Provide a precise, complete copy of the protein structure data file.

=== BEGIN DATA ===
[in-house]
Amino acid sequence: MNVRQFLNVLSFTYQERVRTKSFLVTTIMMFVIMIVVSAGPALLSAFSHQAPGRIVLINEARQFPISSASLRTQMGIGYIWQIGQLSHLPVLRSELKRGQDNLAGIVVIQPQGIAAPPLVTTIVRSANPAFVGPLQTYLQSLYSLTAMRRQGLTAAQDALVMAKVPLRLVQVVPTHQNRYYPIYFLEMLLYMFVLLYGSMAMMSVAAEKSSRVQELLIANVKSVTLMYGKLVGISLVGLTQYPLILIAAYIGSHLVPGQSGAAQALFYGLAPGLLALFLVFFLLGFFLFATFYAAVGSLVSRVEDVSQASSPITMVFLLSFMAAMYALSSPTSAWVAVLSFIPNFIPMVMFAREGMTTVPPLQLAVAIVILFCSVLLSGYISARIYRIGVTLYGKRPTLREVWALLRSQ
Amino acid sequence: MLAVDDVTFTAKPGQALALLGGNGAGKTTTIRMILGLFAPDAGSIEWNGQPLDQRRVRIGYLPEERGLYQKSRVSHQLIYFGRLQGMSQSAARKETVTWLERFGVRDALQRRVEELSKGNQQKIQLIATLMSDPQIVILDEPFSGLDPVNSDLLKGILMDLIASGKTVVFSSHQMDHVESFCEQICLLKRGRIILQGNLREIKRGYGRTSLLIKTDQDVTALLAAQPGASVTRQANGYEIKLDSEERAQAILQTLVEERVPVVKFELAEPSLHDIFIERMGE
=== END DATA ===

[in-house]
Amino acid sequence: MNVRQFLNVLSFTYQERVRTKSFLVTTIMMFVIMIVVSAGPALLSAFSHQAPGRIVLINEARQFPISSASLRTQMGIGYIWQIGQLSHLPVLRSELKRGQDNLAGIVVIQPQGIAAPPLVTTIVRSANPAFVGPLQTYLQSLYSLTAMRRQGLTAAQDALVMAKVPLRLVQVVPTHQNRYYPIYFLEMLLYMFVLLYGSMAMMSVAAEKSSRVQELLIANVKSVTLMYGKLVGISLVGLTQYPLILIAAYIGSHLVPGQSGAAQALFYGLAPGLLALFLVFFLLGFFLFATFYAAVGSLVSRVEDVSQASSPITMVFLLSFMAAMYALSSPTSAWVAVLSFIPNFIPMVMFAREGMTTVPPLQLAVAIVILFCSVLLSGYISARIYRIGVTLYGKRPTLREVWALLRSQ
Amino acid sequence: MLAVDDVTFTAKPGQALALLGGNGAGKTTTIRMILGLFAPDAGSIEWNGQPLDQRRVRIGYLPEERGLYQKSRVSHQLIYFGRLQGMSQSAARKETVTWLERFGVRDALQRRVEELSKGNQQKIQLIATLMSDPQIVILDEPFSGLDPVNSDLLKGILMDLIASGKTVVFSSHQMDHVESFCEQICLLKRGRIILQGNLREIKRGYGRTSLLIKTDQDVTALLAAQPGASVTRQANGYEIKLDSEERAQAILQTLVEERVPVVKFELAEPSLHDIFIERMGE